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COVID-19 is tearing families apart.
Political rifts have caused Americans to clash on the severity of the coronavirus and how to handle the pandemic — even among those who’ve been infected by the virus.
Even as more than 210,000 Americans have died from the virus and the president himself has contracted it, arguments about the coronavirus continue to play out across the country over mask mandates, lockdowns, and business restrictions.
We spoke to two women on opposite sides of the political spectrum, both of whom survived COVID-19 this year, to see how the virus has impacted their lives and their choice in the 2020 election.
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Cindy Nichols-Harigel has been sick for more than five months.
But a lot of her relatives don’t believe she contracted the virus.
She said it’s difficult “for family to look you in the eye and say, ‘You’re lying,’ instead of trusting and believing that your family member has gone through this experience that they’re describing, just because you don’t want to believe it.”
Cindy has had fevers, chills, and brain fog since April. She’s also had a persistent cough, which she thinks was made worse by her decades-long cigarette-smoking habit.
Yet many of her family members deny the existence of the virus altogether. “Every time we’ve tried to talk to them about it, it’s been, ‘You’re lying, it’s a hoax, it’s a joke, you’re full of it,'” she said. “But by the same token, not a single one of them will come around us. So if it’s a hoax or a joke, why are we being avoided like the plague, if it’s not the plague? Doesn’t make any sense.”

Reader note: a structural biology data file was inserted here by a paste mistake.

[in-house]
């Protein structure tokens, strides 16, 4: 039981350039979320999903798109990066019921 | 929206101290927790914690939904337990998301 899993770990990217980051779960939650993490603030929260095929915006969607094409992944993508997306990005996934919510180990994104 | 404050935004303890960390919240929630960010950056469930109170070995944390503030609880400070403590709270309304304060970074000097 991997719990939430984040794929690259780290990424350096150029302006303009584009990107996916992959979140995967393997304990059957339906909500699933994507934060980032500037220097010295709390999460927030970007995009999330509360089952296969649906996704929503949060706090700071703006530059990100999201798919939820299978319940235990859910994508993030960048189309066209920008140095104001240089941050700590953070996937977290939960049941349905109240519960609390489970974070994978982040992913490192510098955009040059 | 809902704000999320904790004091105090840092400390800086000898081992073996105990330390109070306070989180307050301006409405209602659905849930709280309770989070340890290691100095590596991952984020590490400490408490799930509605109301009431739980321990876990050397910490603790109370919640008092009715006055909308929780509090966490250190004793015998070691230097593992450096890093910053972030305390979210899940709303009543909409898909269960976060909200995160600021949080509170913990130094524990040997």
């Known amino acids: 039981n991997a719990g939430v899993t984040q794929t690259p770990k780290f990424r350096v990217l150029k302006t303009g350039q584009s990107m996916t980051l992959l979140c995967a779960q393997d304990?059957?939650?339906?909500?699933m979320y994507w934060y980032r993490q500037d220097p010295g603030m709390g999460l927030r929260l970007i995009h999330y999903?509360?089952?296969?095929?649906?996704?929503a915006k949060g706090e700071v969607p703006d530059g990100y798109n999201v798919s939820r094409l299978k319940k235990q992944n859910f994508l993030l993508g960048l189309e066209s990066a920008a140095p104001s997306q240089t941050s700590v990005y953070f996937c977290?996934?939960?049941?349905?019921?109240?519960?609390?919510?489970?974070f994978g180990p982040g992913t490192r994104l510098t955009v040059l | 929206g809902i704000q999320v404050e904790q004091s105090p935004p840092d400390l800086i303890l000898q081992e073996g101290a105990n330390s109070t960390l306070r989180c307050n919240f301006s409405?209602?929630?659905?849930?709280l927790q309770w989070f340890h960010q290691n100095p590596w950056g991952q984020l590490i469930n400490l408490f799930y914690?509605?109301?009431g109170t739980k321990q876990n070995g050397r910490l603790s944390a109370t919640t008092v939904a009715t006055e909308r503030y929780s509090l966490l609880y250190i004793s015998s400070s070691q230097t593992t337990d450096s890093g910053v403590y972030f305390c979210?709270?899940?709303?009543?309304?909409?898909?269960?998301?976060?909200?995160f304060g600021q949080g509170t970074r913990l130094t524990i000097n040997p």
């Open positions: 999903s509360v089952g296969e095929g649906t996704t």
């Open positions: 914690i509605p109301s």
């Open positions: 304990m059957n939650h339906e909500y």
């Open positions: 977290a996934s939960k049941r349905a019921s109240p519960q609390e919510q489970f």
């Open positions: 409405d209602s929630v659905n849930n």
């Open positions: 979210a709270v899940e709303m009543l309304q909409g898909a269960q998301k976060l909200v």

The arguments became so unbearable that Cindy blocked several of them on social media. “When they started calling me a liar and a hypochondriac,” she said, “you know what? Block. You are done. You are not family to me.”
Watching the president dismiss the seriousness of the illness over and over again has been especially frustrating for her. She didn’t vote in 2016, but now she’s voting for Joe Biden because she thinks it will save lives.
But she’s in the minority in Pensacola, Florida, where Trump got more than half the countywide votes in 2016.
Trump himself has alarmed experts with his public stance on COVID. He has admitted to downplaying the virus since February and was rarely seen wearing a mask before testing positive. Recently, he took his mask off to wave to cameras while still sick with the virus.
He’s been outspoken against any shutdown. Many of his supporters have followed suit, gathering in crowds at the president’s rallies in spite of restrictions against large gatherings.
Kim Enriquez of Little Elm, Texas, is part of Trump’s faithful base. She got sick with COVID-19 earlier this year. Four months later, she still has a fever, fatigue, coughing, wheezing and stomach issues.
She plans …read more
Source:: Businessinsider – Politics